As for blustering Boris, he originally dismissed the 'phone hacking row as "politically motivated codswallop". Having kept up his wining-and-dining with James Murdoch, he was counting no doubt on continued support for his re-election from Rebecca Wade and News International, before he discovered a sense of outrage at the media empire's excesses.
For David Cameron this affair has come close to home, personally and geographically as well as politically. Several papers have been talking about the "Chipping Norton Set", arousing amusement and then annoyance among locals in this Cotswold market town, which comes under Cameron's Witney, West Oxfordshire constituency. Rebekah Wade moved into the area with second husband Charlie Brooks. Cameron was at their wedding, as were Murdoch's son in law Matthew Freud, and broadcaster Jeremy Clarkson.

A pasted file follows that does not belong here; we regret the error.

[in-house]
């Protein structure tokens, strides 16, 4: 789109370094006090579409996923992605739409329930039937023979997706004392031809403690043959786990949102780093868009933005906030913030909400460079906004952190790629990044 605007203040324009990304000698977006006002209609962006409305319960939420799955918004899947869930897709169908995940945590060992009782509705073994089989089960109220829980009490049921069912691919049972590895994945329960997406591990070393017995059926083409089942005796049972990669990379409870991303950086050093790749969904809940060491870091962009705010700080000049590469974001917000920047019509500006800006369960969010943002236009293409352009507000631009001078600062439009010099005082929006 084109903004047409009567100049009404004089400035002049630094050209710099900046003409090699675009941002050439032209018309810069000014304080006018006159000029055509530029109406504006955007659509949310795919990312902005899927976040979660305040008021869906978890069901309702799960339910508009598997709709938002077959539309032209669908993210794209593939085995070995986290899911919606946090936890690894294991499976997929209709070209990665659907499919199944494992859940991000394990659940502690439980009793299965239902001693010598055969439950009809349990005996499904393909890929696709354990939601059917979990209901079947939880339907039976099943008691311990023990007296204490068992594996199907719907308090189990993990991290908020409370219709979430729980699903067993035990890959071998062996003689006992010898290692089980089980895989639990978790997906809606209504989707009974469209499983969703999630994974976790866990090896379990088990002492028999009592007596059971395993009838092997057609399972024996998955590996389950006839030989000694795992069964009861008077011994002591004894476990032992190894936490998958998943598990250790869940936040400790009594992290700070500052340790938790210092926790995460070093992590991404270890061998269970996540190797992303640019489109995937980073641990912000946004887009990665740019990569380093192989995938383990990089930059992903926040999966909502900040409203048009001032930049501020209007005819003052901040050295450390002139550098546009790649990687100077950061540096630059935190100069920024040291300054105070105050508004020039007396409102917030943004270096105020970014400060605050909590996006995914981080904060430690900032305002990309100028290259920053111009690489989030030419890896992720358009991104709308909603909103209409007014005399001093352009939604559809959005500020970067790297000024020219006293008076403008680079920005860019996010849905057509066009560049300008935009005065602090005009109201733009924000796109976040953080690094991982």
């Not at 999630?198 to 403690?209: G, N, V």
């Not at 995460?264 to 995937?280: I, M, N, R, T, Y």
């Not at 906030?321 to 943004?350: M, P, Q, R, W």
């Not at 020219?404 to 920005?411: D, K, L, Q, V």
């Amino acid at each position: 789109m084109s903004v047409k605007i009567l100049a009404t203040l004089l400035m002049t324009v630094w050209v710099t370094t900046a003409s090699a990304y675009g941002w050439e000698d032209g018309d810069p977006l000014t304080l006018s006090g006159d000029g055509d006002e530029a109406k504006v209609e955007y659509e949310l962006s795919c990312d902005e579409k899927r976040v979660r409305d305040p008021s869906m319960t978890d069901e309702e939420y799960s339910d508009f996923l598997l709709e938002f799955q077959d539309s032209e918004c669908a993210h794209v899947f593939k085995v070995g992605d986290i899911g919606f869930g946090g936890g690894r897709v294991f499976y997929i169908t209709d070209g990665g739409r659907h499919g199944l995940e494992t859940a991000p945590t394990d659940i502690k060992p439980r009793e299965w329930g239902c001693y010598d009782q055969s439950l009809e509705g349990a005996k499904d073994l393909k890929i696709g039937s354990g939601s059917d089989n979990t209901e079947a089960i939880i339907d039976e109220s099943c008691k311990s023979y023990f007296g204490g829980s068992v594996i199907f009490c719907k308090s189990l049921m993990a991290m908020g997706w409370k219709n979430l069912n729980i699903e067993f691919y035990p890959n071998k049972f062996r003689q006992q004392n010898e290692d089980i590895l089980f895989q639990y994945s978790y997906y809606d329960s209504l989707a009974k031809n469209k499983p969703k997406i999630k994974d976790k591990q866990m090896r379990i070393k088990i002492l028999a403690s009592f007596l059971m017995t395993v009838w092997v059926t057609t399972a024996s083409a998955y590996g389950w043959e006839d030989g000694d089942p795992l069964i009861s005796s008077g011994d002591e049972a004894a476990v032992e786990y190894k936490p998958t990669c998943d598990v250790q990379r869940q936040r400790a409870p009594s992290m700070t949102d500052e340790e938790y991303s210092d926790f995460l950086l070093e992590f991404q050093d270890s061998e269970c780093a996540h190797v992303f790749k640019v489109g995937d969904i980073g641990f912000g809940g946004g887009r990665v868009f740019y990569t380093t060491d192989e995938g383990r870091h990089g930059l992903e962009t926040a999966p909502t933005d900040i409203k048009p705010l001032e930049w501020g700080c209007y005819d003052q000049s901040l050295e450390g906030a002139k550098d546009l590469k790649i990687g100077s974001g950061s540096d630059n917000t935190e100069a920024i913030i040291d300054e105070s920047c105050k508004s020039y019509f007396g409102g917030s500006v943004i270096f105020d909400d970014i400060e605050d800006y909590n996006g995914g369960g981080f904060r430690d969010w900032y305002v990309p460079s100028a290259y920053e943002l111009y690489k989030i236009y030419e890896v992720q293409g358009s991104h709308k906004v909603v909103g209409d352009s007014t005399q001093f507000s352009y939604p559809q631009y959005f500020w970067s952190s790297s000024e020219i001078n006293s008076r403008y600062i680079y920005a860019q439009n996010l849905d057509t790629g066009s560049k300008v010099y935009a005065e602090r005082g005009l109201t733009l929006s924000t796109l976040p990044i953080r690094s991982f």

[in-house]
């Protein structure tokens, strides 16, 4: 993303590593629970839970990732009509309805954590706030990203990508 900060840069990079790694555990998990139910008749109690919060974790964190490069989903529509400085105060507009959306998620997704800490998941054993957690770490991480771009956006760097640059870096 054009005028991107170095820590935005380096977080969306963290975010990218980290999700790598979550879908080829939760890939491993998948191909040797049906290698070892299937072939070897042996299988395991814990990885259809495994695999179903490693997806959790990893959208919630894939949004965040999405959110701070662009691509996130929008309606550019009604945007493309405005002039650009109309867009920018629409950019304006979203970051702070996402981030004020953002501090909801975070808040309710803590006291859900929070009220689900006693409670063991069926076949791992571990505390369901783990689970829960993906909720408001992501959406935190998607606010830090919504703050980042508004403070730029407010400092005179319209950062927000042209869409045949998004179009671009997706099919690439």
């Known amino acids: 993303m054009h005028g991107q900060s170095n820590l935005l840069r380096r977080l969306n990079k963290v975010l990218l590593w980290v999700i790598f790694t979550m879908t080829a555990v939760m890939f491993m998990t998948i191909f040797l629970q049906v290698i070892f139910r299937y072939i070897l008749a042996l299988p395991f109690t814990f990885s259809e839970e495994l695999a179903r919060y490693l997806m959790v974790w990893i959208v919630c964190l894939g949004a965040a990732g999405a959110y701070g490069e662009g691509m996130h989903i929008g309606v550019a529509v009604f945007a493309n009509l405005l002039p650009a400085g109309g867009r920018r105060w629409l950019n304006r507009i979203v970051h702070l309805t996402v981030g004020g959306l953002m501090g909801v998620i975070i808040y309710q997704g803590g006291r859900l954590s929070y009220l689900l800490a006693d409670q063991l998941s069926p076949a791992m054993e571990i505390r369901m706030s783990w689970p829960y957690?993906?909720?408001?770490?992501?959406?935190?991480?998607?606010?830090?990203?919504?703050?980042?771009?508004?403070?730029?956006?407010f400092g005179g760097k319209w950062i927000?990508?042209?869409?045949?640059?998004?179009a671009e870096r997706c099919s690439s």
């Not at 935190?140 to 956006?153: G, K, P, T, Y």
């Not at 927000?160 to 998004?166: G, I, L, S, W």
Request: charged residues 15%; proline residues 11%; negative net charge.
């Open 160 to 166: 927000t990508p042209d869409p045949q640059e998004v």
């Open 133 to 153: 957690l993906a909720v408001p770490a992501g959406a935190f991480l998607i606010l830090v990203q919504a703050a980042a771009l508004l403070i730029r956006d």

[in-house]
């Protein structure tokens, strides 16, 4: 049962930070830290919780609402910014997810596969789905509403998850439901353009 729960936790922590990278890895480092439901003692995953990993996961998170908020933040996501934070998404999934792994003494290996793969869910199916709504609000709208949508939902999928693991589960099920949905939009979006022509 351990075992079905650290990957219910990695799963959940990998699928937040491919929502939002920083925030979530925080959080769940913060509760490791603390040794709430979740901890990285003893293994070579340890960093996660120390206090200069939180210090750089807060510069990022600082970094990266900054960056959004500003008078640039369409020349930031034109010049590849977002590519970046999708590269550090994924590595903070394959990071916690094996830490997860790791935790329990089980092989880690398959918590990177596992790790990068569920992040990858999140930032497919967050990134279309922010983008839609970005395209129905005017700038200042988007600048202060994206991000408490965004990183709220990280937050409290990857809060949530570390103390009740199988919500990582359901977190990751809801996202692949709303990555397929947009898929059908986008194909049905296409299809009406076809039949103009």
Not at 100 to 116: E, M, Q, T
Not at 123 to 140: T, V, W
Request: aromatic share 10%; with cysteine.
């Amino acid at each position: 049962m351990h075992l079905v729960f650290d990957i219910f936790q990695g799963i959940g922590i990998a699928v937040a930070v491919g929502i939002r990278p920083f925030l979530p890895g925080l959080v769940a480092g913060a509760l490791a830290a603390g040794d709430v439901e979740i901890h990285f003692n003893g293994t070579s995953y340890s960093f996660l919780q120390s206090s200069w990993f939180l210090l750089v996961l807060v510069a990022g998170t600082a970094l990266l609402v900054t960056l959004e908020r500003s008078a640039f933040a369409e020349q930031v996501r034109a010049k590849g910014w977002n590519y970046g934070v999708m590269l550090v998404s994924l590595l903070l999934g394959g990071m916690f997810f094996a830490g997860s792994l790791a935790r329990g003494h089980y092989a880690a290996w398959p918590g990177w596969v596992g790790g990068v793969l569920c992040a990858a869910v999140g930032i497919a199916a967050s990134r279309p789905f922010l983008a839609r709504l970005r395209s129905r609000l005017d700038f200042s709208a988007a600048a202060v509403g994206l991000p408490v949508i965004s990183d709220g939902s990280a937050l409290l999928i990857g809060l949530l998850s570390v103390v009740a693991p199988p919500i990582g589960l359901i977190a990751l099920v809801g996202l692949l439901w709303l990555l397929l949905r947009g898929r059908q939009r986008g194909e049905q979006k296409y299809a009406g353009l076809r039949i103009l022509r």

Of big houses, there is no shortage. But in the past decade, the mix of occupants has changed from nobs and bankers to include a mix of celebrities and politicos. When Cameron came to the area 10 years ago, he rented a cottage from Lord Chadlington, the brother of John Gummer, before buying a farmhouse in the hamlet of Dean when he won the seat of Witney. Matthew Freud and Elisabeth Murdoch began renting China Corner from the Duke of Marlborough's Blenheim Palace estate, before buying Burford Priory for £6m three years ago. Rebekah Wade followed suit, renting at Blenheim before moving in with her new husband, Charlie Brooks (part of a long-established Cotswold family and a friend of Cameron's brother, Alex), to his converted barn between Sarsden and Churchill.